A handful of archival research, a dash of archaeology, and a pinch of stress.

To me, compiling all the information that I’ve gathered is the hardest part. Where do you start? What information do you add in, and what do you leave out? These are questions that we all ask ourselves at some point.

This report was particularly tough to write, as there was little background information that I could incorporate. With information in several secondary sources, and a handful of old newspaper articles, the report strongly relies on the links and contradictions between the sources.

In order to fit into the word limit of my directed study, I had to focus on certain elements. In particular, I felt that it was important to discuss Angus MacLaine in relation to the house. MacLaine was not only the man who built the house in 1843, but he also quickly became a prominent part of the community.  Establishing Ardtornish School through a government grant, and donating a portion of his own land, MacLaine was viewed as a philanthropist. By discussing his standing in the community, the report enables the reader to see how wealthier people lived in the Modbury area in the 1840s.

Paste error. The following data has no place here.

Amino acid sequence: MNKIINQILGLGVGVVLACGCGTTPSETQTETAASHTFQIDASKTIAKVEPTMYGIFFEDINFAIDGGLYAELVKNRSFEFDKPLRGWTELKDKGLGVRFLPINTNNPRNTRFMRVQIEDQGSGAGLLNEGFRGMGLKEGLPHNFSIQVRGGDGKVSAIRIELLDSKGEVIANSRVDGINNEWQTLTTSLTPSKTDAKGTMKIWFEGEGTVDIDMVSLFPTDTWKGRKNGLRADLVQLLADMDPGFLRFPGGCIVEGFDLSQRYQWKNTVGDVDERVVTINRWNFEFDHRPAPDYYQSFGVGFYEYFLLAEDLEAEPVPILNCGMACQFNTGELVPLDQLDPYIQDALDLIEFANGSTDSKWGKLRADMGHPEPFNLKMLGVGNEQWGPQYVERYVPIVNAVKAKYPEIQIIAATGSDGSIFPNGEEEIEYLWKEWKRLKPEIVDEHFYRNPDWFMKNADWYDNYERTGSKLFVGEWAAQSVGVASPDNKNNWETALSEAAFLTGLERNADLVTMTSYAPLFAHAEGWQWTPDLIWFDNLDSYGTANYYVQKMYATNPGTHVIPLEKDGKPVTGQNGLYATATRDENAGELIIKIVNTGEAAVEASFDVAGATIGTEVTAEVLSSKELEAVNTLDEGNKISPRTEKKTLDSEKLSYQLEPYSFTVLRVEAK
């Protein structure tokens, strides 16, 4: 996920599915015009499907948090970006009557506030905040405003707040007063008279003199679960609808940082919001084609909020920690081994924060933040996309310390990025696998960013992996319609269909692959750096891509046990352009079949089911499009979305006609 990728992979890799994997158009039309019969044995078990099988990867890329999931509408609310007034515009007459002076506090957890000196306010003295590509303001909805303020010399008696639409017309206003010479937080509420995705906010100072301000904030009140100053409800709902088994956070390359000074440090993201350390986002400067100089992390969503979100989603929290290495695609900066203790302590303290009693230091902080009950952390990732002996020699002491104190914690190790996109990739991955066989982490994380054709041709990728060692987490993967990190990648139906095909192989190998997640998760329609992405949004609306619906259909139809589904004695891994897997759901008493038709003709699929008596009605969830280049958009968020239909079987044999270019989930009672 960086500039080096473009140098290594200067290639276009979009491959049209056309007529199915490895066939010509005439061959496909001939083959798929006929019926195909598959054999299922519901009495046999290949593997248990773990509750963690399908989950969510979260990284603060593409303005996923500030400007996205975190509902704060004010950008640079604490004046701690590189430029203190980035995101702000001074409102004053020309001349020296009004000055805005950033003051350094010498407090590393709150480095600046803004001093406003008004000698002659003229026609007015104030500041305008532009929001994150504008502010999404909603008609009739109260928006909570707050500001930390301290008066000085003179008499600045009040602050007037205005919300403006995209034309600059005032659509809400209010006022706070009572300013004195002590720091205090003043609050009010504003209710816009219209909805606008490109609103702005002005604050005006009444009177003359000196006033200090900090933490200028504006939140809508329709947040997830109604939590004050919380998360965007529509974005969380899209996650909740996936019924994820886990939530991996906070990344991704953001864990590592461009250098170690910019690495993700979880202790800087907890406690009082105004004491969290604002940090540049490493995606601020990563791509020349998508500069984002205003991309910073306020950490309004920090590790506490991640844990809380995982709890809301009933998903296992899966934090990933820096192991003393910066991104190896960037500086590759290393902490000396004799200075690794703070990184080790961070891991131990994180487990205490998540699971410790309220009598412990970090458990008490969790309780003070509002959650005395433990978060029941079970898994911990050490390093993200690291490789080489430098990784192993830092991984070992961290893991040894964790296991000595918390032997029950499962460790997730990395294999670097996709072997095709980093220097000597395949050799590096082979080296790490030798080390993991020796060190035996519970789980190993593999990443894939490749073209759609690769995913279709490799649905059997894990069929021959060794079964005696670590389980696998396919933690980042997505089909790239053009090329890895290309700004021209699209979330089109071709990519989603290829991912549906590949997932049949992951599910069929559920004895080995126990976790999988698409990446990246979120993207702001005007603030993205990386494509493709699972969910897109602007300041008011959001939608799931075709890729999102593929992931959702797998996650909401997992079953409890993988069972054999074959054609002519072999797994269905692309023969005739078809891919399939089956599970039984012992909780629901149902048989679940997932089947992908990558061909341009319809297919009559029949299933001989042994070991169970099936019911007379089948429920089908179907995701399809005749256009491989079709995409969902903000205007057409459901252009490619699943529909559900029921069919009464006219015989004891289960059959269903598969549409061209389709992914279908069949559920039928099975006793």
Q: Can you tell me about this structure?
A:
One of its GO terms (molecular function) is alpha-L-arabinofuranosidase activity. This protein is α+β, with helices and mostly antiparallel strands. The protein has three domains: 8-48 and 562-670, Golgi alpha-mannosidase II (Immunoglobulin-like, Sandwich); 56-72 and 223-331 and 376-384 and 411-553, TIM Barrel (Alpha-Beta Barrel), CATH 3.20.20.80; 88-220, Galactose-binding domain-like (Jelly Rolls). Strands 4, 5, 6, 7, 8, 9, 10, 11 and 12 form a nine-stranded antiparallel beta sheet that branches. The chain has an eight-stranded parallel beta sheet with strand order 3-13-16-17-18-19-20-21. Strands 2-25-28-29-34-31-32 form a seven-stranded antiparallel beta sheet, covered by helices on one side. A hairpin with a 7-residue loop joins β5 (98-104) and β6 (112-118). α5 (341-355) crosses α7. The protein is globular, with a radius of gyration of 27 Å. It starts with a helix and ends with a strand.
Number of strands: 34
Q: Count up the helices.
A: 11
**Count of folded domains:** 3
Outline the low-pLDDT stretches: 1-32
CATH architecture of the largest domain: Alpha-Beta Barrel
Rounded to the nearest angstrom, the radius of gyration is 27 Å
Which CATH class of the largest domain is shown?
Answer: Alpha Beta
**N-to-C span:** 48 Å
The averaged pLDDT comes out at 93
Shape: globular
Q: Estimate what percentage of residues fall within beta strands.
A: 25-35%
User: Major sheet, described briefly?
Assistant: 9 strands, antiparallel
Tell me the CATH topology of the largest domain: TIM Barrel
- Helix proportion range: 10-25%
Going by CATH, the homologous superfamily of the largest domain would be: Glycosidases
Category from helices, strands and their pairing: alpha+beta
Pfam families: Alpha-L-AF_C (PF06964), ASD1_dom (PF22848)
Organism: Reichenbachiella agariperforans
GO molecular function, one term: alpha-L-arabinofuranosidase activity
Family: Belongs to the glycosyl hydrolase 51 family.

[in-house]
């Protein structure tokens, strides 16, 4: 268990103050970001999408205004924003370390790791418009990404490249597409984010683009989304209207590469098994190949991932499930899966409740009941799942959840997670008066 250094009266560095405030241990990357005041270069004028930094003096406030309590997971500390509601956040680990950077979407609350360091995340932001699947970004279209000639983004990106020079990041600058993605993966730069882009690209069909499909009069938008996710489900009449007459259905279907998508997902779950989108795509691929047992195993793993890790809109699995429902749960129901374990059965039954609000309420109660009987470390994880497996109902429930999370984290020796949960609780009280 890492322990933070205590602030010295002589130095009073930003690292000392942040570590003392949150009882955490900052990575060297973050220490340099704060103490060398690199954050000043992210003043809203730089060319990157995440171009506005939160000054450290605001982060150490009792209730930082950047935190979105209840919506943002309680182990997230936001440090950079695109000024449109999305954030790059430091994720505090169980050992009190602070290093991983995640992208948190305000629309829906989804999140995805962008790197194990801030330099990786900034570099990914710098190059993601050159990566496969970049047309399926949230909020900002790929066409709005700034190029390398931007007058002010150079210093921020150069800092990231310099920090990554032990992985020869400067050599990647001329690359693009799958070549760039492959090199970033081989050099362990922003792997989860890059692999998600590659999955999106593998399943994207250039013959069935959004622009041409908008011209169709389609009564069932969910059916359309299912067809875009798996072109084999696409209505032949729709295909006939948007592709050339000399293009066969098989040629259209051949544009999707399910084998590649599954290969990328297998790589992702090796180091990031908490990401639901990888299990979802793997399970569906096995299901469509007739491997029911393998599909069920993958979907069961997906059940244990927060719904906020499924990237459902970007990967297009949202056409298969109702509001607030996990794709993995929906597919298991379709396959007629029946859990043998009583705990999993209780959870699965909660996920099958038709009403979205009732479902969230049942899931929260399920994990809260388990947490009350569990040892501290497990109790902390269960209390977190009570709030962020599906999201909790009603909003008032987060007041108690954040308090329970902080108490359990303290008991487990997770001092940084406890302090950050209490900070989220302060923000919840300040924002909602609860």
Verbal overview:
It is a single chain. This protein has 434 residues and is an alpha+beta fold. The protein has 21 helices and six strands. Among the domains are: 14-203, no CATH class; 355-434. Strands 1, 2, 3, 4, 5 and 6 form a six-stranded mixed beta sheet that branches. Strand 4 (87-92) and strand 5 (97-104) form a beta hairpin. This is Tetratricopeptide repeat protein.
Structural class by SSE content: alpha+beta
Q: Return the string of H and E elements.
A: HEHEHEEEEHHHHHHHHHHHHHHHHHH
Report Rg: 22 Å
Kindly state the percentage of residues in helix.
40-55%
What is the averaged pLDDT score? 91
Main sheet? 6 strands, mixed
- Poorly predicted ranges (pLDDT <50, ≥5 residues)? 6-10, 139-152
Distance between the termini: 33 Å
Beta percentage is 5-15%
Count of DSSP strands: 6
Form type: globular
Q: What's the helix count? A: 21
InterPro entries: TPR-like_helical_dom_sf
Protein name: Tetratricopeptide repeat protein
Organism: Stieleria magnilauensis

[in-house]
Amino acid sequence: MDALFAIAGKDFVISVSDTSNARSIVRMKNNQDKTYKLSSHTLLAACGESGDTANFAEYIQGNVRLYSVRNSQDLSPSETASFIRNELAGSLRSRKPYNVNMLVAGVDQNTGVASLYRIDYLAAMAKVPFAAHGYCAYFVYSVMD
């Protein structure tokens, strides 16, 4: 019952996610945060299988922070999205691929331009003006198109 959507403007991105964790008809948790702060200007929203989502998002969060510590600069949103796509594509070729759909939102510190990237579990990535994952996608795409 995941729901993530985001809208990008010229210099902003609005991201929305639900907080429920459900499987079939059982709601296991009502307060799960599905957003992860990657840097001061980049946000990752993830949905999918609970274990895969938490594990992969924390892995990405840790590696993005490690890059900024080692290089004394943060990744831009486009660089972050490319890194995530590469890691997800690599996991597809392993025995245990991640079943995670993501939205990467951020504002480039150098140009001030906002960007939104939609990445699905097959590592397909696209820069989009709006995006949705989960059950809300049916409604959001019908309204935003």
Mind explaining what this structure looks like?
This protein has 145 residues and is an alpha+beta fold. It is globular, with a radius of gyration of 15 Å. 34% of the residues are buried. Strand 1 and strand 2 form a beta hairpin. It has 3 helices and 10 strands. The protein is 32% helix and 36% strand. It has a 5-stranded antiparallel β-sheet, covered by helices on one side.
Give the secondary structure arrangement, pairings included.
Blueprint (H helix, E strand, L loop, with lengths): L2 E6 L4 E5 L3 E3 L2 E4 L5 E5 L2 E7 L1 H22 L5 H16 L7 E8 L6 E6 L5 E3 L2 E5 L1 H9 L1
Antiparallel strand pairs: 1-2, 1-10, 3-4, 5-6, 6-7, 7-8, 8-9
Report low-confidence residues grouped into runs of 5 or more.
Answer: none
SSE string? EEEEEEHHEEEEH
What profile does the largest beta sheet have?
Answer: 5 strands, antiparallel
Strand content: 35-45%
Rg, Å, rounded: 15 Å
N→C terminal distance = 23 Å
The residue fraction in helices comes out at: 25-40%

In addition, the archaeological assessment was interesting in itself with the appearance of copper strips in the walls.

DSCF1111Copper strips (green lines) evident in the walls of the ground floor or the house.

As seen above, the copper strips are quite evident in the walls. When discussing this with the owner, he suggested that it was an old wive’s tales to do with salt damp prevention. It is an interesting discovery that still has me wondering how many, if any, other houses incorporated this into their building design.

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